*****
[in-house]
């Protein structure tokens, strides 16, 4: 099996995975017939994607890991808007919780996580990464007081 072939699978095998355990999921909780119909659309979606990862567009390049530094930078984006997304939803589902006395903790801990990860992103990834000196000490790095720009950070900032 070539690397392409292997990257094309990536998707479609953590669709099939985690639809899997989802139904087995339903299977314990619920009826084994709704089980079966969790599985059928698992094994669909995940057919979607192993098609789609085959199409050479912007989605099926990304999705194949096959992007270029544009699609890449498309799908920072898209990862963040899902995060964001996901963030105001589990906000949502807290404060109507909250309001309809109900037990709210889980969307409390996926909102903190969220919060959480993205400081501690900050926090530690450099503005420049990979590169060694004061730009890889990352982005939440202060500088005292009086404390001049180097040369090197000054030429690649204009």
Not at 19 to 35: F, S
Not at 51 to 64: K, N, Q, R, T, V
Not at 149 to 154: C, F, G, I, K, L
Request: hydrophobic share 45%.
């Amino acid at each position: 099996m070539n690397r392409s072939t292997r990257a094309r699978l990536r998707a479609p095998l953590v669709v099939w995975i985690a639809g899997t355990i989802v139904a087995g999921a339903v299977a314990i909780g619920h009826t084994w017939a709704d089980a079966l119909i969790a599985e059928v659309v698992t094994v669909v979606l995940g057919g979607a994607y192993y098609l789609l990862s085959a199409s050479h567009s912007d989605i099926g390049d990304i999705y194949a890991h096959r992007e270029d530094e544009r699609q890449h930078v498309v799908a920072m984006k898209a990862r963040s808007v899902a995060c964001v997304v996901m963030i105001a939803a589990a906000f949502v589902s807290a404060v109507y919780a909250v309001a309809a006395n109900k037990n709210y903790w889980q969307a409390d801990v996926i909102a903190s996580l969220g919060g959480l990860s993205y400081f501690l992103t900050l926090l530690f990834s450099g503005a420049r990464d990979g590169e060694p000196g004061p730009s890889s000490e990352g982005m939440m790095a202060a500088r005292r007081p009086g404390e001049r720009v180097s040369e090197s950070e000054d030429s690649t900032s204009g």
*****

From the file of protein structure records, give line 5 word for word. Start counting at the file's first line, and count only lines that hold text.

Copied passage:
Not at 149 to 154: C, F, G, I, K, L